Green shoots are as yet no more visible in the natural world than they are in the world of economics, with one major exception: snowdrops. The flowers that the French call snow-piercers ( perce-neiges) have pushed their green leaves out of the ground now and are beginning to open their blooms, and this weekend marks the start of the snowdrop season.
A cluster of major gardens across Britain will be open for visitors to gaze on the stunning white carpets that these diminutive members of the lily family are starting to form on the bare brown earth. It's such a fantastic sight that I've always thought it worth a special journey, and if you want to find your nearest snowdrop display you can find a list on the Great British Gardens website ( www.greatbritishgardens.co.uk/snowdrops.htm), which includes gardens in Scotland and Wales as well as in England.
Some of the best displays tend to be at sites which once housed religious foundations, before Henry VIII's dissolution of the monasteries, such as Anglesey Abbey in Cambridgeshire or Walsingham in Norfolk, for the snowdrop once had strong religious associations, especially with the Virgin Mary. It was particularly associated with Candlemas, the feast of the Virgin's purification according to Jewish law, 40 days after the birth of Christ. Candlemas falls this coming Monday, and one of the old names for snowdrops was "Candlemas bells". It is not hard to understand how the flowers were seen as flawless symbols of purity and planted in large numbers in churchyards.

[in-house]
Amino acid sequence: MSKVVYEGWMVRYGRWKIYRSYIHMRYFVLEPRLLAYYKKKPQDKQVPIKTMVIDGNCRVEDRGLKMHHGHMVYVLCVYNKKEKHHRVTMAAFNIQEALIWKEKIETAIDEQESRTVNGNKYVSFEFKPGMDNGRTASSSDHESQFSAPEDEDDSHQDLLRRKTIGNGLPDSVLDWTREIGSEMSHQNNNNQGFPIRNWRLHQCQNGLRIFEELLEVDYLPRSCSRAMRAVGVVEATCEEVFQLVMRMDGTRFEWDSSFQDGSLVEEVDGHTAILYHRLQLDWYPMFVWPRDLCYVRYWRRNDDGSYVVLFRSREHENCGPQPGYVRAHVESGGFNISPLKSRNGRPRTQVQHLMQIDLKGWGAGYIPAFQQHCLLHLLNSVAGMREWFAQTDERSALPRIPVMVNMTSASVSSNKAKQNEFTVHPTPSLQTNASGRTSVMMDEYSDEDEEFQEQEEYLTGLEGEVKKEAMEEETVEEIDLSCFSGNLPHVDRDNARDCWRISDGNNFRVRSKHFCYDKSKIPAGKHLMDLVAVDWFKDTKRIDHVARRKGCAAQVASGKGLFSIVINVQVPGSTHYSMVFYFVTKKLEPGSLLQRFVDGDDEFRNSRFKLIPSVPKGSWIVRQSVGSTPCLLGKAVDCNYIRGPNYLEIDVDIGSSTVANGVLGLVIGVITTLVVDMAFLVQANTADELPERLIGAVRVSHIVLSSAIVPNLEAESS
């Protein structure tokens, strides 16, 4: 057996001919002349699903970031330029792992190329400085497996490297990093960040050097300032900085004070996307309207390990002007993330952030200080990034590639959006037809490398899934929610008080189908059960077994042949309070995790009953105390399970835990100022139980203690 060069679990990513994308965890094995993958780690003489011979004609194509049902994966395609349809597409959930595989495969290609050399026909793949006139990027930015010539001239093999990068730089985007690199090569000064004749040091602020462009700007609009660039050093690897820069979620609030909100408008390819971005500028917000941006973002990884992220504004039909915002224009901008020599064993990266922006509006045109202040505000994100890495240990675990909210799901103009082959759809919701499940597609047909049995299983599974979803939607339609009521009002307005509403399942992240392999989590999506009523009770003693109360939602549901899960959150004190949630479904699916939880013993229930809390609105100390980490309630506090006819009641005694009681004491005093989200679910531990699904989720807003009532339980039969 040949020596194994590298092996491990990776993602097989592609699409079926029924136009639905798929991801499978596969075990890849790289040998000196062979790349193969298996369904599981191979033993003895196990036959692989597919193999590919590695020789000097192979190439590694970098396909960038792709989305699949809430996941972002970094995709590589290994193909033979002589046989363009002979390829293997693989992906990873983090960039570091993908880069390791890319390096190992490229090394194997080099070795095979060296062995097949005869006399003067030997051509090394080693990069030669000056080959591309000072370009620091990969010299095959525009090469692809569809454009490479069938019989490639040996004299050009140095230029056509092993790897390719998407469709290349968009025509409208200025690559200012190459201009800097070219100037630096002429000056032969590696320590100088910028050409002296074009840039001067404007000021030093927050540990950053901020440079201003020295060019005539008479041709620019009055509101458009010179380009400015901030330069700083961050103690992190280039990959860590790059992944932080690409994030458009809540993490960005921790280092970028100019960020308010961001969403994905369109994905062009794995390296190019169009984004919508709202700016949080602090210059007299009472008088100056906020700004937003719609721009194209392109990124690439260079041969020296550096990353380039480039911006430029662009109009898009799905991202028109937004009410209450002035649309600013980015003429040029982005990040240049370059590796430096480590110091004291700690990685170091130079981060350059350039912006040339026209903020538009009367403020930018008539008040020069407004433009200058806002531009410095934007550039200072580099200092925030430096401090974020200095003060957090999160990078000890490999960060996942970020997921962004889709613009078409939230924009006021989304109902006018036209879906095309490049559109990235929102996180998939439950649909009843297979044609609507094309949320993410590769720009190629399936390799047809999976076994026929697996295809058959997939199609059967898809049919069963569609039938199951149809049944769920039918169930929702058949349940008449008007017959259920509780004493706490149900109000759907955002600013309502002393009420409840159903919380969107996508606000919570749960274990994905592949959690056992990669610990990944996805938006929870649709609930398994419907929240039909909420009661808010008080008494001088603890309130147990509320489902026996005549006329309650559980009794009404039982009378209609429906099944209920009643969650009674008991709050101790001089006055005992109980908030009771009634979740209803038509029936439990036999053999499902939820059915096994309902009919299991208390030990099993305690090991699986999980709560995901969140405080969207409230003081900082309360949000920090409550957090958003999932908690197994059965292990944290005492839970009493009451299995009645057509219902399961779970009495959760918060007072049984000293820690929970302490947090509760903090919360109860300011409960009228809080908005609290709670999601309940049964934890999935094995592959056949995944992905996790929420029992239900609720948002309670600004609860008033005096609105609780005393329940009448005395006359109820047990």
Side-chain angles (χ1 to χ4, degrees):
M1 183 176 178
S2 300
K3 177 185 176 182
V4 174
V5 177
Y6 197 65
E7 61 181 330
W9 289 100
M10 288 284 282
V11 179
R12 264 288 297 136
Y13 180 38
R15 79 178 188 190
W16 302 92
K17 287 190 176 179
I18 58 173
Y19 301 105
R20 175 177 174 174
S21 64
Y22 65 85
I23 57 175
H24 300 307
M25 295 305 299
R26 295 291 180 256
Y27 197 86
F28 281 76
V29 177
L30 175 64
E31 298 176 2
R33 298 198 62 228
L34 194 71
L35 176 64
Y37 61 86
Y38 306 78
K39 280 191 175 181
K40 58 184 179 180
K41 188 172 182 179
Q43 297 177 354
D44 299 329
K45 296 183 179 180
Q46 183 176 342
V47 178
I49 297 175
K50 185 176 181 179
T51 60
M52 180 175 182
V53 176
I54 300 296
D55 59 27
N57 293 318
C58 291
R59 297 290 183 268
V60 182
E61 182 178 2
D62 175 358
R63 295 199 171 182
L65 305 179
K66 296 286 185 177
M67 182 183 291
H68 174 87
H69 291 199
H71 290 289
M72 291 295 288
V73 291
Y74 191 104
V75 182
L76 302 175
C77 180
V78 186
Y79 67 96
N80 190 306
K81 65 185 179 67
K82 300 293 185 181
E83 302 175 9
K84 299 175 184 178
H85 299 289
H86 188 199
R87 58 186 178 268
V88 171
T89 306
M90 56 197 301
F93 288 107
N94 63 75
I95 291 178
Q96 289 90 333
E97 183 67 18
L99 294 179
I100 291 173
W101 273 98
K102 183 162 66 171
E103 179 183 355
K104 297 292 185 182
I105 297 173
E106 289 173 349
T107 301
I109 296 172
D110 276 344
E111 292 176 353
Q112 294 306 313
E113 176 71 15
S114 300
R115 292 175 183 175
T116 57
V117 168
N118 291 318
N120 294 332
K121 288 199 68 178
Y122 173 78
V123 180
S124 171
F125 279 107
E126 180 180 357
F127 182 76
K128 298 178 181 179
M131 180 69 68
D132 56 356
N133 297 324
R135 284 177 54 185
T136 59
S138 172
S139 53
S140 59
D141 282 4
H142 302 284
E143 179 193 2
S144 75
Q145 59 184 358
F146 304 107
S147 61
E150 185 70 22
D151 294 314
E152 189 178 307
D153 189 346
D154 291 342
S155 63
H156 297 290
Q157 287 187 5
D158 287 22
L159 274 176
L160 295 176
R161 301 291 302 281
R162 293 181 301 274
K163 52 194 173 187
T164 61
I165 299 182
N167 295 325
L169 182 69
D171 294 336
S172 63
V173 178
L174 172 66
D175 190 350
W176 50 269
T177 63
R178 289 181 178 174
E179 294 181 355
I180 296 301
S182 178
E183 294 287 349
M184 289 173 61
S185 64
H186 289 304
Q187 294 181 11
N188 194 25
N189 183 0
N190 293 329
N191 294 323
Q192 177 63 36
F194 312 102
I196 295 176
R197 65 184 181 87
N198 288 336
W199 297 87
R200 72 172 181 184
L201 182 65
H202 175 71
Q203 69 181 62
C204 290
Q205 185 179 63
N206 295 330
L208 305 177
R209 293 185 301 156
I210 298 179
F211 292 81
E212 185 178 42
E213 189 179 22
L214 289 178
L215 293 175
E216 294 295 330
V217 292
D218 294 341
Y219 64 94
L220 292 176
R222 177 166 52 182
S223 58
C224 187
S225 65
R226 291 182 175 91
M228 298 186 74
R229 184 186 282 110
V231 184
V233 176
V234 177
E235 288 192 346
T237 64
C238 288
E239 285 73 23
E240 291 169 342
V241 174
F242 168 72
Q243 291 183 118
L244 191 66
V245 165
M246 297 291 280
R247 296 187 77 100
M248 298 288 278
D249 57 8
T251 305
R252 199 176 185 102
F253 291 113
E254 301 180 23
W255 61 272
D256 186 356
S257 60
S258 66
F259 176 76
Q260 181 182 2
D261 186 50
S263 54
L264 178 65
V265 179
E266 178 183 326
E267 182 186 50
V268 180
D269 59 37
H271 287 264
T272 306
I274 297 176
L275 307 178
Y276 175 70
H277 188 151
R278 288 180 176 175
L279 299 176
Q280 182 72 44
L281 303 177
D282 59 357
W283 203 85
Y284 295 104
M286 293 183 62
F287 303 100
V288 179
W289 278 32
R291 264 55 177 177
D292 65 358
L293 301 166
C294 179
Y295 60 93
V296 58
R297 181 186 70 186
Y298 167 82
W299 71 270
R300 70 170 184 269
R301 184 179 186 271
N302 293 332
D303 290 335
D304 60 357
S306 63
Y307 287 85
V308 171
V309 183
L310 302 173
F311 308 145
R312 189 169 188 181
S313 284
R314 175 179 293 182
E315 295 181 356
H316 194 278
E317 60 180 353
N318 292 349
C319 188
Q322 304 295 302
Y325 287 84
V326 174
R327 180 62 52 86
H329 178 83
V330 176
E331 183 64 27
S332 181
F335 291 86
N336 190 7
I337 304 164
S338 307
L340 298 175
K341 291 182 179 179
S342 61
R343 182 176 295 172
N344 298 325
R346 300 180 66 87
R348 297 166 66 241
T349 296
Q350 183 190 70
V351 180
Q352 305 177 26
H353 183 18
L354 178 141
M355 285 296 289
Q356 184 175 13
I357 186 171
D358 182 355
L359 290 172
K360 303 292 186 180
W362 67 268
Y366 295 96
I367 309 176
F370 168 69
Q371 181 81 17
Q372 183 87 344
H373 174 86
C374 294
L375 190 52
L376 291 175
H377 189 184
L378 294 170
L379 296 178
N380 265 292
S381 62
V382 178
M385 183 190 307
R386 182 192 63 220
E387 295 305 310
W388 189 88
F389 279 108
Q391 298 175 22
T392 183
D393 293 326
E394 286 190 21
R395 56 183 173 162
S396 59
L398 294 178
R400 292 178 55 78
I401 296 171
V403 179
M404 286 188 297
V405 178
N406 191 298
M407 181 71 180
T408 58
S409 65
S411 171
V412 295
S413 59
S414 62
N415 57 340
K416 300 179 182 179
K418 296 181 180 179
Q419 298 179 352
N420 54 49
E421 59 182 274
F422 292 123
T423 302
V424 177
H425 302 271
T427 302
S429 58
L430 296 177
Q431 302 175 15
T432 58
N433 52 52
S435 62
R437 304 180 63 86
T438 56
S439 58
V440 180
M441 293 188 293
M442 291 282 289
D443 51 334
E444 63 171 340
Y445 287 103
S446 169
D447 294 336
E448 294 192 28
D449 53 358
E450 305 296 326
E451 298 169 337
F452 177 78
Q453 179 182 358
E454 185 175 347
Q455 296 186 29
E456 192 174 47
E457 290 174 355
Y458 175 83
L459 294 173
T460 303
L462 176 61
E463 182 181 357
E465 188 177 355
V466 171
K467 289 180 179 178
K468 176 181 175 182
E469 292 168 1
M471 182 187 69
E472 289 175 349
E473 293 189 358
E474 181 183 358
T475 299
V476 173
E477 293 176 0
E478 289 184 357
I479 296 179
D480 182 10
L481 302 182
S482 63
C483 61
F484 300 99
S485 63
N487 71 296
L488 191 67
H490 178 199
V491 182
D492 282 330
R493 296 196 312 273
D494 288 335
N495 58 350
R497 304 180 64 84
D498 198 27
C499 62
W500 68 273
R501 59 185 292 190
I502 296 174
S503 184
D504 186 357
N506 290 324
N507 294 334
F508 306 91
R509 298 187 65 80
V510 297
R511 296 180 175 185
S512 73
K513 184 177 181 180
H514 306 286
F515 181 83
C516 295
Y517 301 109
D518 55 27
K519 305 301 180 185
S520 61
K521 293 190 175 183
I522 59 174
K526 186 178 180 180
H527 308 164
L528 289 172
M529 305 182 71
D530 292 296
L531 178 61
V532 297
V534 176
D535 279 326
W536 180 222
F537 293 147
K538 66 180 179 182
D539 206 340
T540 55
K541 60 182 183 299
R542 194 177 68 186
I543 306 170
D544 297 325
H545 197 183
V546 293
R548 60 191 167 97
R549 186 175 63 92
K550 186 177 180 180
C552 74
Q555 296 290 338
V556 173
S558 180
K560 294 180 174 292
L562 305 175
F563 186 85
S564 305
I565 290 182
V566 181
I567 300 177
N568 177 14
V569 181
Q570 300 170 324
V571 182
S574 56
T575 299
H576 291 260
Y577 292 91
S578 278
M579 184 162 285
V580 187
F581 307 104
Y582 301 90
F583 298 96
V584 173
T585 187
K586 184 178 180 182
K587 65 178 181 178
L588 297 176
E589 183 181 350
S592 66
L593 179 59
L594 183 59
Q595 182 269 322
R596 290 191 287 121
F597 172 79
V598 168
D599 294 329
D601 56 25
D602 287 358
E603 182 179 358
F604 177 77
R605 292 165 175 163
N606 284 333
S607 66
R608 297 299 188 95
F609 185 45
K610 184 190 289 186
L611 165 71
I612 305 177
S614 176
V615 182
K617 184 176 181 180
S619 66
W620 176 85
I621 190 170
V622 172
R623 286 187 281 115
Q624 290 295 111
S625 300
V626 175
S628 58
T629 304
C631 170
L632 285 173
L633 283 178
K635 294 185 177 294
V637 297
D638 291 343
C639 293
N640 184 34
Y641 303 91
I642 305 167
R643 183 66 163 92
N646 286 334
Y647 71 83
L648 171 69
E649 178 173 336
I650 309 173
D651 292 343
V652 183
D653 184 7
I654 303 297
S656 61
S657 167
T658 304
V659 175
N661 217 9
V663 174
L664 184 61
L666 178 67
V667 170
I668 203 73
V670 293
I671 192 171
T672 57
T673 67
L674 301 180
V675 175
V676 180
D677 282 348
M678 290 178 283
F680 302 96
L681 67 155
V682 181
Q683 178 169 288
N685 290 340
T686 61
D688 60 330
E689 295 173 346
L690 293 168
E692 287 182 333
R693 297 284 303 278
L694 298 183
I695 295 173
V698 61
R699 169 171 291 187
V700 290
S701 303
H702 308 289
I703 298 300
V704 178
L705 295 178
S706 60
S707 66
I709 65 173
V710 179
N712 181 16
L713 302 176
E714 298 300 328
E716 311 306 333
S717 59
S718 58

Botanists disagree on whether the snowdrop is a native British plant or an ornamental flower which was brought in and has now become naturalised.It scarcely matters. It provides a breathtaking spectacle when the rest of the plant world is still sound asleep, and if you're looking for your first country outing of the year this weekend you could do a lot worse than visit somewhere like Welford Park, near Newbury, where snowdrops carpet the beechwoods along the Lambourn river. If this was a restaurant review I'd be hungry just thinking about it.
A beautiful sign of hope
There are other wild flowers which can form wonderful springtime white carpets, especially on woodland floors; wood anemones, and ransoms (wild garlic) spring to mind. They can provide quite incredible sights. Somehow, though, the snowdrops are still the best, even if they're not natives. Perhaps it's because they're the prettiest and most lily-like; but more likely it's because they're the first, and they're the sign, in the dead of winter, of the great rebirth to come. They're not only full of beauty; they're full of hope.